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  • The woman christening the Log ride is Cordelia Knott, Walter Knott's wife, the mother of Marion. EDITOR'S NOTE: Thanks for pointing out my error. I've just gone back into today's article and made the necessary correction to that photo caption. Thanks again. I owe you large-scale.

  • I actually emailed Garner Holt Productions, praising them for their practically better then Disney quality work. They replied and assured that no fast ones are going to be pulled on the attraction. No cut backs and we won't be seeing a modern logging operation! It will retain it's period design and is going to be better than EVER!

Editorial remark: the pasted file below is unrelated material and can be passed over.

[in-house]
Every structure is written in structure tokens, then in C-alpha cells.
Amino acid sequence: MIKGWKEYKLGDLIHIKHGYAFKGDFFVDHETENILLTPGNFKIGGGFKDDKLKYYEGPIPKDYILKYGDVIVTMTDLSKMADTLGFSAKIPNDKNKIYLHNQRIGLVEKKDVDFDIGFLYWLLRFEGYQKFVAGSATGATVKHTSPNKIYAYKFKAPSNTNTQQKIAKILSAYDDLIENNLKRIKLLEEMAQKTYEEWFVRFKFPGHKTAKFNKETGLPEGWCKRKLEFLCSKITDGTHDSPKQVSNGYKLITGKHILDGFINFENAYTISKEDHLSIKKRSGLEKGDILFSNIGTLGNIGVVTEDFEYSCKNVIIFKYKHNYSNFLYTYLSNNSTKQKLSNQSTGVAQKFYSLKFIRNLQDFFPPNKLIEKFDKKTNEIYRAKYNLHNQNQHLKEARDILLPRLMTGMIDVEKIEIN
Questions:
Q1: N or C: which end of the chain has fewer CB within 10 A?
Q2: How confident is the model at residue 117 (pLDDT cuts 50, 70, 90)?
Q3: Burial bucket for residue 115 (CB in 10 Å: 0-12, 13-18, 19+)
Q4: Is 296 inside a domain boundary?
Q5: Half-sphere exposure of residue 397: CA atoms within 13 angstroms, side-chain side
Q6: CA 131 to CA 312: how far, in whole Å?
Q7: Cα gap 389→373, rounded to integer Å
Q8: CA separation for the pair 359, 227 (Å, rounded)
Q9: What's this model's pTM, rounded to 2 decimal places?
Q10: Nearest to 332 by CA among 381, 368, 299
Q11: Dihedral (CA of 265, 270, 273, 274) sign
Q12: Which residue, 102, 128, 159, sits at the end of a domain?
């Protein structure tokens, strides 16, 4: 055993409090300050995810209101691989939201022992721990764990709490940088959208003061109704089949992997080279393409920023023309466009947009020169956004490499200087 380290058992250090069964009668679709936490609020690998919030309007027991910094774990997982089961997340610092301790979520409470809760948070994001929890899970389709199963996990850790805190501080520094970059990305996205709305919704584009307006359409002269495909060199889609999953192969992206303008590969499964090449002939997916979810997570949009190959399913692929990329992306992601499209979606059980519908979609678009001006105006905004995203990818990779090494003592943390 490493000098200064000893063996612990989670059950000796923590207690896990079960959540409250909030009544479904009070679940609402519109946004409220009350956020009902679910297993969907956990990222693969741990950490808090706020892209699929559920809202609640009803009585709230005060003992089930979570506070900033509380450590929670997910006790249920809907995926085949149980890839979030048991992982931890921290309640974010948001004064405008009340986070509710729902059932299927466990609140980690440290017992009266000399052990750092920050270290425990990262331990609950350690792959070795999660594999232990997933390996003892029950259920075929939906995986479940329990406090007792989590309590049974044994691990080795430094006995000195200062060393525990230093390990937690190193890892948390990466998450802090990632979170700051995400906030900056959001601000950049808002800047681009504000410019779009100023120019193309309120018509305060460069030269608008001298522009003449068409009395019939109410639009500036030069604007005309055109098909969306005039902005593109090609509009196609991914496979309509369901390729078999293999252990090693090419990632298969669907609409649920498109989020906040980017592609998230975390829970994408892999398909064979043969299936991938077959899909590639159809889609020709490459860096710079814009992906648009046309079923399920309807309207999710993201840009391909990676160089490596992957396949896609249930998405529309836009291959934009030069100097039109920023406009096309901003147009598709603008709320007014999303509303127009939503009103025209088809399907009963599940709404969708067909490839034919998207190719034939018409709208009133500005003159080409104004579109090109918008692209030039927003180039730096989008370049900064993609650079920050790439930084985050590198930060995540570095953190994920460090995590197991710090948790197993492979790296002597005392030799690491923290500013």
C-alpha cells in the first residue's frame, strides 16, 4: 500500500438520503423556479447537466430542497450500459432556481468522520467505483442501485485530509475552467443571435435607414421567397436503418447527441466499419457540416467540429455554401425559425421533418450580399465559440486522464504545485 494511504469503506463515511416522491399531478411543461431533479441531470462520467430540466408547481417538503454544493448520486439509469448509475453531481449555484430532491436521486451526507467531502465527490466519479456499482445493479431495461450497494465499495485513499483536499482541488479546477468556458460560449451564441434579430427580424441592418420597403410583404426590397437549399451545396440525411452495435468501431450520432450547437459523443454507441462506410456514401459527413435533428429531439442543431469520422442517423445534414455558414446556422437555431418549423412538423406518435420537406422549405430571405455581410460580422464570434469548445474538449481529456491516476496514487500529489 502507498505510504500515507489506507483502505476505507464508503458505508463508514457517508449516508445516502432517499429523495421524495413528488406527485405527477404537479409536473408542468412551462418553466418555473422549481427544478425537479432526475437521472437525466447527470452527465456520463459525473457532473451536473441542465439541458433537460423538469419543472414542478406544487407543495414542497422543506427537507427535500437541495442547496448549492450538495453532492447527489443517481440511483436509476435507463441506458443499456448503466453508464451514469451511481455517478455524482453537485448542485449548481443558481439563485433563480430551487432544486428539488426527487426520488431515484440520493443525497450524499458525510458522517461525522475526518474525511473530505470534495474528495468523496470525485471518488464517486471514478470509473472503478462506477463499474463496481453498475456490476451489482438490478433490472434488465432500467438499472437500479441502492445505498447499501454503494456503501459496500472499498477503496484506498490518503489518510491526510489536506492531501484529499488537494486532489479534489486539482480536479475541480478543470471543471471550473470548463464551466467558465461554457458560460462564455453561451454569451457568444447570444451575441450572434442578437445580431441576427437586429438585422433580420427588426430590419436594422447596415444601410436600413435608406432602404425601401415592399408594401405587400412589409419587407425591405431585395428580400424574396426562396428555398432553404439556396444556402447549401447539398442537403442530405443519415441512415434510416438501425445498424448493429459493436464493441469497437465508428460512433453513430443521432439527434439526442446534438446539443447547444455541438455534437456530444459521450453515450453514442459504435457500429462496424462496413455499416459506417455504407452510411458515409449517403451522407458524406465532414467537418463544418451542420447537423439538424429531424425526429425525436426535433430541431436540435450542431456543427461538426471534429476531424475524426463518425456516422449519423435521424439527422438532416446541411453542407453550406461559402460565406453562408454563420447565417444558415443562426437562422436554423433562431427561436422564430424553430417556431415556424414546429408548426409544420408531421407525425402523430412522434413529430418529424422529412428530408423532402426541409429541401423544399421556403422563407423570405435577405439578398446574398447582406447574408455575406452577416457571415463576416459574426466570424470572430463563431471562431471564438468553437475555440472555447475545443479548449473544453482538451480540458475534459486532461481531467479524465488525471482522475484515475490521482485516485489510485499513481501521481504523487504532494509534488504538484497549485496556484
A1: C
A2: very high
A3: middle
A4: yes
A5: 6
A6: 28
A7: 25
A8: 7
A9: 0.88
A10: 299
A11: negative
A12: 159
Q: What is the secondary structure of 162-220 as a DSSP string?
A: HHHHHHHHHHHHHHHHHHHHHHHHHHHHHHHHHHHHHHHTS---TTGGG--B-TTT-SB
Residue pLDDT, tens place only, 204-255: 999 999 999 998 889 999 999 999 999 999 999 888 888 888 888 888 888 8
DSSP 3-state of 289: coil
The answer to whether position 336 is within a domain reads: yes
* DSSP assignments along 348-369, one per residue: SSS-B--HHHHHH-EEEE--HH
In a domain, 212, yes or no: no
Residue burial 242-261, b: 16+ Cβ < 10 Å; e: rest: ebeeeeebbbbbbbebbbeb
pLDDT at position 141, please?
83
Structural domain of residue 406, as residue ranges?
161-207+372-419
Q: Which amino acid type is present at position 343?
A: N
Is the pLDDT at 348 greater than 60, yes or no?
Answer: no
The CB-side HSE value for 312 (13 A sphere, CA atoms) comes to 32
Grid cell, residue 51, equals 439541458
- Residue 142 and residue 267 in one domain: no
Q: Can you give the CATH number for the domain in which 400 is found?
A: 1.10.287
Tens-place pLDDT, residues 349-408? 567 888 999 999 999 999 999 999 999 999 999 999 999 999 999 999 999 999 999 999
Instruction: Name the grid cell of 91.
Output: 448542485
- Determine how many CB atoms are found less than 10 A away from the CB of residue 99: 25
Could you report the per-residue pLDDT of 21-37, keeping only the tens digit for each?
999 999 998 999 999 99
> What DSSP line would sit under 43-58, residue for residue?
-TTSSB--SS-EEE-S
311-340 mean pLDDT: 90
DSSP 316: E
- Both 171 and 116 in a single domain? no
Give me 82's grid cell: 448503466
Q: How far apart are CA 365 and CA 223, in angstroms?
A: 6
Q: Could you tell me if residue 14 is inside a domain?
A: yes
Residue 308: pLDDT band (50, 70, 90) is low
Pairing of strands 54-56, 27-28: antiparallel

• As the author of Roller Coasters, Flumes and Flying Saucers, it was nice to see Ed and Karl mentioned in the article.  Karl was a master at fluid dynamics and it is good to know that his work will live on at Knott's.